OECD/EU jobs conference in Helsinki

Journal of European Industrial Training

ISSN: 0309-0590

Article publication date: 1 July 2000

Keywords

Citation

(2000), "OECD/EU jobs conference in Helsinki", Journal of European Industrial Training, Vol. 24 No. 5. https://doi.org/10.1108/jeit.2000.00324eab.011

Publisher

:

Emerald Group Publishing Limited

Copyright © 2000, MCB UP Limited


OECD/EU jobs conference in Helsinki

OECD/EU jobs conference in Helsinki

Keywords: European Union, Employment, Unemployment

Earlier this year, Finland's ministeries of labour and finance, with the support of the OECD and the European Commission, hosted a two-day international conference on jobs in Helsinki. The purpose of the event was to test whether OECD and EU employment strategies have delivered more jobs and cut structural unemployment. Opening addresses were given by Paavo Lipponen, Prime Minister of Finland, Anna Diamantopoulou, Commissioner for Employment and Social Affairs and Thorvald Moe, Deputy Secretary-General of the OECD.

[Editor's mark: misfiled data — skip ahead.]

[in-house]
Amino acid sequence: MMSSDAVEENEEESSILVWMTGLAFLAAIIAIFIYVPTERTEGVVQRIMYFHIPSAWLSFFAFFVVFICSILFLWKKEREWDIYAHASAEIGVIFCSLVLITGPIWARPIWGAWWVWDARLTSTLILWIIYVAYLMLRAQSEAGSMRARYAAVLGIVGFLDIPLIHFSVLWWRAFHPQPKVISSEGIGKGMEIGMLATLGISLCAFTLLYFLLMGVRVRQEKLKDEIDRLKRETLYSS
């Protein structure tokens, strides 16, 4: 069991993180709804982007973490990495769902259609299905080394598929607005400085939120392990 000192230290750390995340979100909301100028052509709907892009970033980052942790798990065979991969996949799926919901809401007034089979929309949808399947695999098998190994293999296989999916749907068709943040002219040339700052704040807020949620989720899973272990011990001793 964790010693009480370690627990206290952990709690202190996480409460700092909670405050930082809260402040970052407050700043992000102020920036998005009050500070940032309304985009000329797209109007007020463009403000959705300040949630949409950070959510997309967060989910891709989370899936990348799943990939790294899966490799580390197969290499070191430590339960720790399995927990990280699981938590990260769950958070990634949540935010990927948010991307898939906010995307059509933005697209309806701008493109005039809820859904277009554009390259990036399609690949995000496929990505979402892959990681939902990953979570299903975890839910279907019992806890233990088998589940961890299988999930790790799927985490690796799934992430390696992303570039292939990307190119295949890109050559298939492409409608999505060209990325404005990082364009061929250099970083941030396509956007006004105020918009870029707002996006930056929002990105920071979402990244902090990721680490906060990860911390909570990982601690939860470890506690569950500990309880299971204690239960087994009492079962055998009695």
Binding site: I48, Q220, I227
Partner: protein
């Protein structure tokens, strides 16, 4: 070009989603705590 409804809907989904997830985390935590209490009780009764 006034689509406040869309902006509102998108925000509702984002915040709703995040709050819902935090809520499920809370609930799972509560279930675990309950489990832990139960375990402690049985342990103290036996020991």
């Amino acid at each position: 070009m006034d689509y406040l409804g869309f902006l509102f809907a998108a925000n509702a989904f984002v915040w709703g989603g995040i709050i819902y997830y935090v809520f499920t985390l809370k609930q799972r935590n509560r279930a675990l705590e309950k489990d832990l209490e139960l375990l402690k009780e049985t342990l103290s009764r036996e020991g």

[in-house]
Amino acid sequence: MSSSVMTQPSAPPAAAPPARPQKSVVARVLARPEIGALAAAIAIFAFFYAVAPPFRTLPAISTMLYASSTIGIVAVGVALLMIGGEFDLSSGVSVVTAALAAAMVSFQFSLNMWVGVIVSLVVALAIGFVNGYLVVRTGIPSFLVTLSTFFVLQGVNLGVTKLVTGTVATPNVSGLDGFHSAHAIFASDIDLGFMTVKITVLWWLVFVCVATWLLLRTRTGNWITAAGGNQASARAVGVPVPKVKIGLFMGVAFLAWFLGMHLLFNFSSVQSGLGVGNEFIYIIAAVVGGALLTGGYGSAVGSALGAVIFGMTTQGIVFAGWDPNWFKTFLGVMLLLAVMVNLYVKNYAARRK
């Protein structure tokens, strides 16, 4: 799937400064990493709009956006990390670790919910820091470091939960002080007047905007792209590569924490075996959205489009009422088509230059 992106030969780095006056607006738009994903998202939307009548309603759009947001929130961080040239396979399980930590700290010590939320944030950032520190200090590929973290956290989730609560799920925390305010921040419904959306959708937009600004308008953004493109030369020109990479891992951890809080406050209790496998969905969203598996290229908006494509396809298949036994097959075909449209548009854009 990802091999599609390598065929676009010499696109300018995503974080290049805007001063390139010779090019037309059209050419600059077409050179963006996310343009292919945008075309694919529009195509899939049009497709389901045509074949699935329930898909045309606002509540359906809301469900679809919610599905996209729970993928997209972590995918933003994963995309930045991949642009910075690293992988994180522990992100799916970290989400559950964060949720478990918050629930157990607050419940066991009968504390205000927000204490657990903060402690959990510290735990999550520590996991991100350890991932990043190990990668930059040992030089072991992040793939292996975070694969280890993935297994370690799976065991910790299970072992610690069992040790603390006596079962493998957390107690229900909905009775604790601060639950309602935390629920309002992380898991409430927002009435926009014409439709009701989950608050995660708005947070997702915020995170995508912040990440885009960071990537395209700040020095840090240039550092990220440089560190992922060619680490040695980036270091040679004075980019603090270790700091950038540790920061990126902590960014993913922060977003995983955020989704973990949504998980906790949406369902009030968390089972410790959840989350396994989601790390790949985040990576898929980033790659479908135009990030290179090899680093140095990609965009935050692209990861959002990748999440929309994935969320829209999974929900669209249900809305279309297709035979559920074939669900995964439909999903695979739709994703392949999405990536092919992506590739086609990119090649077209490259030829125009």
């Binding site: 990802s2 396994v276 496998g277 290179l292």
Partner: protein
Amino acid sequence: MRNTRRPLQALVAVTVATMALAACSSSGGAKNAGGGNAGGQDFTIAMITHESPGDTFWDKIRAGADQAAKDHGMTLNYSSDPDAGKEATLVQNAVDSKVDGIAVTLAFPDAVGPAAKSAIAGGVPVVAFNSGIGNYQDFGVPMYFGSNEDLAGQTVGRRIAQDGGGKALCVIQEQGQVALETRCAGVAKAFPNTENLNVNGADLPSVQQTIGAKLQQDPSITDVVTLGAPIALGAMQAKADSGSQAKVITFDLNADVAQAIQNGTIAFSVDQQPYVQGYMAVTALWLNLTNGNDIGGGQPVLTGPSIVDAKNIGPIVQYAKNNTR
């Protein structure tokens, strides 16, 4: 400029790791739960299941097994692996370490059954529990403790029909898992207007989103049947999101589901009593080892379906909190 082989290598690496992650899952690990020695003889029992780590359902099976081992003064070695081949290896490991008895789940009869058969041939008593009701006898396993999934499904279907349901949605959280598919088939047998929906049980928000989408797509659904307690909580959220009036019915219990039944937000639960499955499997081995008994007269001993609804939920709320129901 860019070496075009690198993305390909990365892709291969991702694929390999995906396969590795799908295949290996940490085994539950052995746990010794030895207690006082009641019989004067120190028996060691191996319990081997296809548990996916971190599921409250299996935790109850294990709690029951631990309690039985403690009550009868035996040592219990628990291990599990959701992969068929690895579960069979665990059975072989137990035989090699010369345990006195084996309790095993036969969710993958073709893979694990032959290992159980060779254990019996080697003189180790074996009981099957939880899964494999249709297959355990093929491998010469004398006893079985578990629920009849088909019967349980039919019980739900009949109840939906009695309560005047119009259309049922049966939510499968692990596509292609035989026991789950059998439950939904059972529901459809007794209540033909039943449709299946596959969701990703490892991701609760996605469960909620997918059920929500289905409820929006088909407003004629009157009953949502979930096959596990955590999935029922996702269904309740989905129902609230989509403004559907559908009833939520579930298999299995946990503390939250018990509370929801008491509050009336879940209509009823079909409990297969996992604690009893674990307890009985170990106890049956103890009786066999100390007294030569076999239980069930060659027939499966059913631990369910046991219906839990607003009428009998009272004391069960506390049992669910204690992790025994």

The conference, which attracted 120 participants from OECD countries and international organisations, focused on four key themes:

  1. 1.

    assessing job strategies;

  2. 2.

    making work pay;

  3. 3.

    the search for active and preventive measures at the margins of the labour market; and

  4. 4.

    policy conclusions.

The OECD Jobs Strategy, launched in 1994, covered many areas of policy and includes detailed country-specific recommendations. A report entitled "Implementing the OECD Jobs strategy - assessing performance and policy", published in September 1999, took stock of member countries' experience in implementing this strategy and highlighted areas for further work.

At EU level, Member States have adopted a common employment strategy based on agreed objectives, annual monitoring of each country's performance and peer review. The Helsinki Summit of December 1999, led to the adoption of a joint employment report for 1999, as well as of employment guidelines for 2000 and - for the first time - country-specific recommendations based on new provisions in the Amsterdam Treaty.